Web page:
And Then I Thought I was a Fish

IDENTIFYING INFORMATION: Peter Hunt Welch is a 20-year-old single Caucasian male who was residing in Bar Harbor, Maine this summer. He is a University of Maine at Orono student with no prior psychiatric history, who was admitted to the Acadia Hospital on an involuntary basis due to an acute level of confusion and disorganization, both behaviorally and cognitively. He was evaluated at MDI and was transferred from that facility due to psychosis, impulse thoughts, delusions, and disorientation.

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Observations of a Straight White Male with No Interesting Fetishes

Ever wondered how to justify your own righteousness even while you're constantly embarrassed by it? Or how to make a case for your own existence when you contribute nothing besides nominal labor to a faceless corporation that's probably exploiting children? Are you clinging desperately to an arbitrary social model imposed by your parents and childhood friends? Or screaming in terror, your mind unhinged at the prospect of an uncaring void racing to consume the very possibility of your life having meaning?

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This is the story of a boy, a girl, a phone, a cat, the end of the universe, and the terrible power of ennui.

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Sick of Your Shit, Apple

Composed on the 13th of August in the year 2017, at 10:41 AM. It was Sunday.

You know, it’s my fault for not reading the microtext on the AppleCare plan. If I’d read it, I would have taken my three hundred dollars and used it to make little bonfires in the cupboards to keep the mice warm in winter and surrounded them with little hot chocolate marshmallows on toothpicks because that would have been adorable and if I’d managed to catch a mouse actually holding a tiny marshmallow over a cupboard bonfire my YouTube account would go plague.

Instead, I metaphorically burned six Grants at the Apple altar to buy a warranty that doesn’t cover accidents. I bought three years of slightly cheaper service repairs if the equipment I already spent two grand on fails because they didn’t whip a Chinese child hard enough that day. I paid extra up front to pay slightly less in the future if I have to deal with a potential situation where they screwed up, which doesn’t exactly scream confidence in the projected runtime of their hardware. My Zippo came with a free lifetime warranty, and it’s supposed to be on fire.

For nine Grants, I might have gotten what I actually wanted with the AppleCare+ that provides the protection I assumed I was getting because all the promo materials shout AppleCare+. I would even have dropped the money, because most Apple products that aren’t iPhones are solid examples of engineering that don’t spontaneously fail.1[1] The only thing I wanted was coverage for the drinks I was going to spill on it, because that’s what happens to laptops.

I have spilled drinks on all my laptops. Other people have spilled drinks on my laptops. I’ve spilled drinks on other people’s laptops. That’s what happens to laptops. That, and getting dropped. There is no economically rational reason to buy laptop insurance for anything besides spilling your drink on it or dropping it down stairs, hence my assumption that all that extra money would be going towards the day I dropped my laptop and smashed a full wine glass on it.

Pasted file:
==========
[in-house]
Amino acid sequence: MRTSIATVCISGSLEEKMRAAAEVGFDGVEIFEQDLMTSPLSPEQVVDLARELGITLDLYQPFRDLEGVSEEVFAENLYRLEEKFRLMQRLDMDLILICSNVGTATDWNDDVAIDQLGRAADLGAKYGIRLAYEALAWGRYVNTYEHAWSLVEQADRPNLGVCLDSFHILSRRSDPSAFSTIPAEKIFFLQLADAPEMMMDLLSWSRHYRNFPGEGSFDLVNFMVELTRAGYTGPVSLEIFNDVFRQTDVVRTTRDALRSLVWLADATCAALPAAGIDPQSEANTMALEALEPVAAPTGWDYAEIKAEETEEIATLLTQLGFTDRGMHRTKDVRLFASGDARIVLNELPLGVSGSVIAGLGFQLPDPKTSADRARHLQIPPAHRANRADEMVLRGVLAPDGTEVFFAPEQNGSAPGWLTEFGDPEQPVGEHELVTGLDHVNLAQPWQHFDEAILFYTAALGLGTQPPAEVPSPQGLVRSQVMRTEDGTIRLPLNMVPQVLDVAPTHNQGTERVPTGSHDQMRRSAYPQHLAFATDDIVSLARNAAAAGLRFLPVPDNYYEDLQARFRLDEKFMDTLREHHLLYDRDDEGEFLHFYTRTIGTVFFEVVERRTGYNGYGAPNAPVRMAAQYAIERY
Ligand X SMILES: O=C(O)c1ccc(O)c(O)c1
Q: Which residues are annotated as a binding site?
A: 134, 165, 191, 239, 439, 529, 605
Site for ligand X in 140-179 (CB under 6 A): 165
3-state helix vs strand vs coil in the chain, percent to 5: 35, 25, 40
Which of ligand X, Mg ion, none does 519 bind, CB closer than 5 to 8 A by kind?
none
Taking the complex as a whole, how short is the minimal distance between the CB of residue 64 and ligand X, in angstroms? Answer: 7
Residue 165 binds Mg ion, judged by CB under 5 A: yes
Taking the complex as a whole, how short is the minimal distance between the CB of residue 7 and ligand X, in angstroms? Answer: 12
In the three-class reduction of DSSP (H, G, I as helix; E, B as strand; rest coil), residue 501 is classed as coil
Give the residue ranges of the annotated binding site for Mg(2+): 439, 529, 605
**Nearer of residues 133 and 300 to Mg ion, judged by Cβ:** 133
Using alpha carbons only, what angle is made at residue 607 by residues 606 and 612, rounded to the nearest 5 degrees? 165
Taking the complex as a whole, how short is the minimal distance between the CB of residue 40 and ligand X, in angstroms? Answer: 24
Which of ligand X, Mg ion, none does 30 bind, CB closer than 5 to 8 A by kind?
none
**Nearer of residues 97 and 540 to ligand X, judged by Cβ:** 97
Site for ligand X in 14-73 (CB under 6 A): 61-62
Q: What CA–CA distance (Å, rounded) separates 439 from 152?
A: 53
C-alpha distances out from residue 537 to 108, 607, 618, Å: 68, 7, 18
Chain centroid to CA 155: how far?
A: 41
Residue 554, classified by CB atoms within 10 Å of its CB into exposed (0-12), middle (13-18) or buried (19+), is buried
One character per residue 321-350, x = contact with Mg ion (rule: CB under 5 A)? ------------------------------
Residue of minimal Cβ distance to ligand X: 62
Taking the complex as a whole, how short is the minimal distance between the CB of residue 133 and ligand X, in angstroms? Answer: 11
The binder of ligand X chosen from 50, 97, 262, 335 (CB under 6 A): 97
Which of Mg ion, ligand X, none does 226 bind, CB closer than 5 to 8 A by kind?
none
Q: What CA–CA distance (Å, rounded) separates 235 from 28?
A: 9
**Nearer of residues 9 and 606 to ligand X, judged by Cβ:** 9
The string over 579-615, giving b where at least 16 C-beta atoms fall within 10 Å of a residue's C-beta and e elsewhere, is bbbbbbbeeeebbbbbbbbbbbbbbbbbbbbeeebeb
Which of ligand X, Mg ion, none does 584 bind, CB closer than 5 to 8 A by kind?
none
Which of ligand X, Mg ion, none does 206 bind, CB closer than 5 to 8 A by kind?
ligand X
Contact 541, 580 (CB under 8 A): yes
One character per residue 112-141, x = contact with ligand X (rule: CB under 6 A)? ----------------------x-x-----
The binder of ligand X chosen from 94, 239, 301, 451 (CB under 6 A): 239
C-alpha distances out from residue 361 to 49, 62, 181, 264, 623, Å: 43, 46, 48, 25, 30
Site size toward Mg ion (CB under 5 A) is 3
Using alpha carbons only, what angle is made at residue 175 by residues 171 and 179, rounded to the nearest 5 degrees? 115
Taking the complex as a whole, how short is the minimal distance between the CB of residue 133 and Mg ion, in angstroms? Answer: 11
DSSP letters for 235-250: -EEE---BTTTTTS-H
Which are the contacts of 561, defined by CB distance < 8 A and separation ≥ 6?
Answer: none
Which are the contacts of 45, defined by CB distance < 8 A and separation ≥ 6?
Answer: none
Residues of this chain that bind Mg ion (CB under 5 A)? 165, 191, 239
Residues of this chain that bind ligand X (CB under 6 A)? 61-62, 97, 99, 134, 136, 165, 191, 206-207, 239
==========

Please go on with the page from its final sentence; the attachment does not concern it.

That day came about eight months later, and I’m not completely sure how it happened because I was facing the other way, but somehow when I tripped over the power cord, it whipped my laptop off the counter to hit the floor face up, and pulled the full wine glass down after it to shatter on the keyboard. After a half hour with some paper towels and a night to dry off, it worked pretty well, because Apple products that aren’t iPhones are solid examples of engineering that can take a little user error without giving up. The only issues were the H key and the shift key sticking, leading to a lot of SEntenches lIKE tihsh wihchh is annoying when you’re writing but not a deal breaker for daily use.

But annoyances like tihsh are what I ponied up all those Grants to avoid, so after the Apple rep on the phone tells me they can do a quick in-store cleanup, I drag the thing to the nearest place where concentrated hipness has undergone gravitational collapse and created an Apple Store, where the rep at the counter says no of course they can’t fix it in-store because it’s liquid and they’ll have to send it to Texas, which both I and the rep on the phone should have known.

I didn’t have time to wait for my laptop to commute to Texas for its healthcare, so I stalked out of the store and sucked it up for a few months until I spilled the next glass of wine on it because that’s what happens to laptops and the A, Q, X, C, and control keys got sticky and using Vim became downright frightening.

“Okay,” I said, “I’ve got some time now, I can cart my work laptop around, time to cash in on that sweet sweet warranty, which I don’t yet know won’t cover the repairs.” I carted it down to Mikey’s Hookup, explained the wine situation, and they said they’d have to send it to Texas, which I know. There’s some miscommunication here, because I leave with the impression that it’ll be off to Texas that day and I’ll get it back next week.